Tom Christofferson and Jacob Hess
Two friends began a conversation with a simple question: how do you understand identity? The context was specifically with regard to identifying as lesbian, gay, bisexual, transgender or queer.
Both of us consider our most valued identity to be aspiring disciples of Jesus Christ; and yet, because we see this sexual and gender identity question so differently, the conversation – spanning phone calls, lunches, emails and texts over a period of months – became a rich opportunity for understanding. We left the discussion with greater insight into each other’s thinking, along with clarity about our own deeply held convictions.
Because we were learning so much (and having some fun along the way), we decided to document the conversation in three parts:
We hope sharing the details of this longer exchange can be helpful – even hopeful – to those with special interest in this topic area, as well as those concerned about the increasing inability of Americans to seek understanding and bridge divides in our day on virtually all the major issues facing society. We also hope this illustrates how those aspiring to be disciples of Jesus Christ can have different perspectives on important questions, while still being united in their desire for greater faith and further light and knowledge.
As we hope to demonstrate, we can do this! We really can. But what’s really the point? Does this really change anyone’s mind? If not, why do it?
Although it’s rare someone completely changes their view, that’s not really the point of dialogue. It is common (as we experienced) to learn a lot about what others think – and even what we think. And other changes happen in our hearts and ability to stay respectful across disagreement. As we were wrapping up, we asked one another to identify three things we think most people don’t understand about the ways we view identity.
- We disagree about identity in some really profound ways. Although you would think this would be obvious, it’s really not–partly because so many people insist that identity itself is a given and major disagreements therefore shouldn’t really exist.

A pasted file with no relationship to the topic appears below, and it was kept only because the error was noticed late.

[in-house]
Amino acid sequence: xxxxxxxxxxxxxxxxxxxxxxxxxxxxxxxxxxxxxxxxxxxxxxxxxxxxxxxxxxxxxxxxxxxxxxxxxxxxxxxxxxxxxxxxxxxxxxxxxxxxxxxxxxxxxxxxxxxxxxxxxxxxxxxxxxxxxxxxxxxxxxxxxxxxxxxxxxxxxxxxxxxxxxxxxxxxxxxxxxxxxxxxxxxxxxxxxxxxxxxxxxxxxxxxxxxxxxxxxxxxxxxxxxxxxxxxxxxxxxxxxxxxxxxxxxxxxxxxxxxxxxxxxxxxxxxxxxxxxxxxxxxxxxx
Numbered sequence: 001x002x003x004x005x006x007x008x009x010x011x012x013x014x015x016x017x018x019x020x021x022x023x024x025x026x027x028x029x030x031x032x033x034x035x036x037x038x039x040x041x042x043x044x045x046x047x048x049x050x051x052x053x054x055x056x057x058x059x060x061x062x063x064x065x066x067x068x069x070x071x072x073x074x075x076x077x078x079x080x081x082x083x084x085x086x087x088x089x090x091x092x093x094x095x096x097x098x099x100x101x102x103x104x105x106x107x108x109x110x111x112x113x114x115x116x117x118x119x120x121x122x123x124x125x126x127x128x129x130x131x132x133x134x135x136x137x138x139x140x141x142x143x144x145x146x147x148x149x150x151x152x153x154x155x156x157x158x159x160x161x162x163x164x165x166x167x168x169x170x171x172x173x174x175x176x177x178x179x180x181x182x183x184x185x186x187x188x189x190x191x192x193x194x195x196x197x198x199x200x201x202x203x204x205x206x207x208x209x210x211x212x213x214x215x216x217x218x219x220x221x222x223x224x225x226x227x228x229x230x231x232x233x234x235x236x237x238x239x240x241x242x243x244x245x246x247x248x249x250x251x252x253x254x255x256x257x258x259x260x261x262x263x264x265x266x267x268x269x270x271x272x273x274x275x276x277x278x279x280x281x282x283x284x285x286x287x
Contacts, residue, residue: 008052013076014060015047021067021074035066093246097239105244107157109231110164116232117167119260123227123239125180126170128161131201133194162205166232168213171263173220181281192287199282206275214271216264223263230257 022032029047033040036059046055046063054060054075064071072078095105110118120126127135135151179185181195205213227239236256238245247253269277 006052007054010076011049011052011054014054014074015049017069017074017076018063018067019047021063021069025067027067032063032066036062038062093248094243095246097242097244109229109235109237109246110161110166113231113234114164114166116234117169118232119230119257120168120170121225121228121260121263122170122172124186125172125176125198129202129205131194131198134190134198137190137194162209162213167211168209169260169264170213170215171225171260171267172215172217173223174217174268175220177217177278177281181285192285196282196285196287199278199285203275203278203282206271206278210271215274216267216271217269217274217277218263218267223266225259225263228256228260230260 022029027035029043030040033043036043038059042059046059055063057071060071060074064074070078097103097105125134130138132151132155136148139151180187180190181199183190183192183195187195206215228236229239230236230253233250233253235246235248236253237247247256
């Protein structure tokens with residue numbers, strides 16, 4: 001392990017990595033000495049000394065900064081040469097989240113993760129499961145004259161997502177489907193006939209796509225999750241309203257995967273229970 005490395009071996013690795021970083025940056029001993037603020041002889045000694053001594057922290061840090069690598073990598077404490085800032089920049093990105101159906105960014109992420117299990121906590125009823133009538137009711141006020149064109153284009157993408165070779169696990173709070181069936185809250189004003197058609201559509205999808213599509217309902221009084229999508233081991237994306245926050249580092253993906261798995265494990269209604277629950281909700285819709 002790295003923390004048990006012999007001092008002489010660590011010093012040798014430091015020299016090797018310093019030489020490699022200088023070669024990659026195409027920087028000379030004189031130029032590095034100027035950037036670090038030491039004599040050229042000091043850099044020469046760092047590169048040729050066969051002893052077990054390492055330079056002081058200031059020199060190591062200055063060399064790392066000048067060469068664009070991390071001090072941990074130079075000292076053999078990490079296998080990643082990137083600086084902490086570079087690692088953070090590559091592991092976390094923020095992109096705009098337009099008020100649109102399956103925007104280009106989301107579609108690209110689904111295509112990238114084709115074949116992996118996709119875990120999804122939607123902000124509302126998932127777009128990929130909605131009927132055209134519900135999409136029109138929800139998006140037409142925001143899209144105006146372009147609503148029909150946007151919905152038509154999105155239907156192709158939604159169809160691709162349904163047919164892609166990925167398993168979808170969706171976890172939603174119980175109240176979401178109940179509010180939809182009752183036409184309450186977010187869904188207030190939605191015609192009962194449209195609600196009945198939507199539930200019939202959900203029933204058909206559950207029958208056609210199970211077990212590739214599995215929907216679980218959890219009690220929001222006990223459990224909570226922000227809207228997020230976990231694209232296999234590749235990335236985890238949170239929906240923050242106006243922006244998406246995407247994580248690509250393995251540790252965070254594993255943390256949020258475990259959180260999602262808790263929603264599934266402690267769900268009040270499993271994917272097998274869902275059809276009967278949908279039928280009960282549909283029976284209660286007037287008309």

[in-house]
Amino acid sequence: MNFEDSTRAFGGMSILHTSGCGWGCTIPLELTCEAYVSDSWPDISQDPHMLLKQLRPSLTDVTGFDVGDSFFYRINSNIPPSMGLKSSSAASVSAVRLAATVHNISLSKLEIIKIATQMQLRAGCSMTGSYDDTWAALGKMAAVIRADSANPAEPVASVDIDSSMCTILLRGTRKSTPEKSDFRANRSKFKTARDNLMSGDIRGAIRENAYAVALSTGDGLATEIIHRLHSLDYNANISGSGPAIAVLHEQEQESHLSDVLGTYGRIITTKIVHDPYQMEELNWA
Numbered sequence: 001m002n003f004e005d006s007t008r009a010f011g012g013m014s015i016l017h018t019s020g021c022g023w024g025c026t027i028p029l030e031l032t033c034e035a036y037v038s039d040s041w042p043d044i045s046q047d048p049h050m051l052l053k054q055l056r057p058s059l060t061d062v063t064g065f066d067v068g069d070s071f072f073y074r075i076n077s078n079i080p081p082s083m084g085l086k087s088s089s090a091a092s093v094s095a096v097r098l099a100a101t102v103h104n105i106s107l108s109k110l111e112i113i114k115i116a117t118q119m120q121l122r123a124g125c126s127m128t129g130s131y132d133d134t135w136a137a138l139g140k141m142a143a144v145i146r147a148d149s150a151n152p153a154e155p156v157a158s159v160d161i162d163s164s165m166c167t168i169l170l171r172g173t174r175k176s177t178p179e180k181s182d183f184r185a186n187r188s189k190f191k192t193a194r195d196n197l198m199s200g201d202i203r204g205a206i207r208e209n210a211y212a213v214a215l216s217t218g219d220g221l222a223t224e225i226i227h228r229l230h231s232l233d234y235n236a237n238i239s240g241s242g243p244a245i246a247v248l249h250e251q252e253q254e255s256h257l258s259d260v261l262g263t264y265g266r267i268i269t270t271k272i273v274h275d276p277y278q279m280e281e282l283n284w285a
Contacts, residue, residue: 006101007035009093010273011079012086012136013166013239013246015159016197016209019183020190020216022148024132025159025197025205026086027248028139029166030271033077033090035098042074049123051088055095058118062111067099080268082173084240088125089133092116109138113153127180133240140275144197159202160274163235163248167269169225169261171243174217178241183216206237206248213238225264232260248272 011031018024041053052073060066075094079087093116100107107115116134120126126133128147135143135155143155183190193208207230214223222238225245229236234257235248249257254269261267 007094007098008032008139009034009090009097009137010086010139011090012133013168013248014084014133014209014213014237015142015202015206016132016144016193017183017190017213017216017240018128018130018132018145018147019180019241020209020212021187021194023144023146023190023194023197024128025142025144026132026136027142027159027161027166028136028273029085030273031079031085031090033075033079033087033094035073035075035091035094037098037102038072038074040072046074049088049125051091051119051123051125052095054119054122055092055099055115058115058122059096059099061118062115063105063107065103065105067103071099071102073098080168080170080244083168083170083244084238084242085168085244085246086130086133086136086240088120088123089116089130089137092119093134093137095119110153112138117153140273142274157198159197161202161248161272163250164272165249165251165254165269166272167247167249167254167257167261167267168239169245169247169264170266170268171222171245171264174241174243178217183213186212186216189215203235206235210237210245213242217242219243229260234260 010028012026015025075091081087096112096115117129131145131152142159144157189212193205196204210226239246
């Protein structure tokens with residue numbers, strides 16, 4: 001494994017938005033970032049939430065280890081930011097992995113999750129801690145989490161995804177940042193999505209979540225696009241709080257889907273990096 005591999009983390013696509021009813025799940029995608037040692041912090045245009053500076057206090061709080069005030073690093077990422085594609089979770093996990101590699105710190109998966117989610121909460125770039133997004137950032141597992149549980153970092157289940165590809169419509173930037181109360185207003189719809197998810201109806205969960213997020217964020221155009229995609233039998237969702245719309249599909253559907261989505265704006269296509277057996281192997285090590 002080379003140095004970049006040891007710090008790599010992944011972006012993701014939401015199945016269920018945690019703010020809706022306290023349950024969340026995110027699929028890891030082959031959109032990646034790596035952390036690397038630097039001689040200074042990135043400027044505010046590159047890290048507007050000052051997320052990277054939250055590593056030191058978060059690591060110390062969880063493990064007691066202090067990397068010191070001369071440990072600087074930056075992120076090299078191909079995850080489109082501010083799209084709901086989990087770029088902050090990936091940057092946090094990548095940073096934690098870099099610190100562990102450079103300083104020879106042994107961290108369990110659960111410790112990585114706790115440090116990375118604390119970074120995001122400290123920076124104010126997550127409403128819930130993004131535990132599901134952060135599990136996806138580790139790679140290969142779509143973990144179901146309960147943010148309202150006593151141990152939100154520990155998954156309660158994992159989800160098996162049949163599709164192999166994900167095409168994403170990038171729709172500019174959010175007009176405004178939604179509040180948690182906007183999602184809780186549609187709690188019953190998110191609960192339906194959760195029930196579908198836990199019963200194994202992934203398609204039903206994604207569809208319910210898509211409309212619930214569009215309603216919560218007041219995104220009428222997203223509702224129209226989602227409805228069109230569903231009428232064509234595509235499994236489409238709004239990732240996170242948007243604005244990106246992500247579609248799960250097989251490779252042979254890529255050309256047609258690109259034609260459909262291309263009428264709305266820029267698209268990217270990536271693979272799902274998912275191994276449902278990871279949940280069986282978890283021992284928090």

- It shouldn’t be as much of a problem to disagree about identity as we sometimes think. Where some of the different perspectives around identity show up, it’s most common to still hear them cast as a serious problem – reflecting hate, or bigotry, or lack of acceptance, compassion, faith, love, etc. Of course, what we decide about identity does matter–in both personal and arguably eternal ways. Instead of making space to explore these crucial differences, however, when we turn their existence into an inherent offense or an automatic problem, we’ve complicated the very conversation that feels so important to have, all of which makes it harder to explore the various consequences of this decision (how we identify) in our own lives.
- Significant problems arise when the previous two points are ignored. Once we assume that identity disagreements are problematic and that identity itself shouldn’t even really be an issue of disagreement in the first place (“it’s just natural…it’s just obvious…”), I believe we’re forced into a conversation that causes deep pain. Inadvertent pain, yes. And hidden pain (often showing up only over time)…but substantial pain nonetheless. Why? Because people end up making consequential choices without the benefit of fully fleshing out their decision in a conversation where all sides are being fairly heard. Which is exactly where we seem to be on this important issue in America – and many other questions like it.
- One of the most powerful messages of the Restoration is that we are agents to act, not to be acted upon – and that the power is in us, we need not to be compelled in all things. I believe one way we act on that belief is by according others the respect of allowing them to tell us what it feels like to be them, how they perceive themselves and the world about them. That’s why I believe we do not need to fear the words an individual chooses (e.g. gay, lesbian, etc.), and we certainly need not prescribe or proscribe their word choices, because of our overriding faith in their ability to freely choose how they will follow Christ.
- If we, as members of the Church, act differently in the future than we have in the past, we have reason to hope that we will see different results. If we see that most young people leave the Church within a few years of declaring themselves to be gay, lesbian, bisexual, transgender or queer, then it is at least as reasonable to look at what we can do differently to create a more accepting, nurturing environment in the Church, ensuring there is a place for everyone in our worship services, as it is to assume specific language will always determine specific responses. As one quick example: women who worked outside the home were often called to repentance by other congregants when I was young; we’re not perfect now but that certainly happens much less frequently, and my sense is that most young women do not automatically assume they would imperil their standing in a ward if they pursue a professional career.
- Let’s be willing to say there’s a lot we neither know nor understand about the next life. Let us then allow others grace to have their own ideas or hopes, and ensure an environment where we welcome others to join us in seeking to learn all the Lord will teach, in His time and in His way, to keep our hearts and minds open to whatever He will choose to reveal.
If you’d like to see more how we arrived at these conclusions – and different ways we disagreed and explored these differences along the way – check out the full exchange in the links above. We hope it will be helpful and encouraging to those who listen in.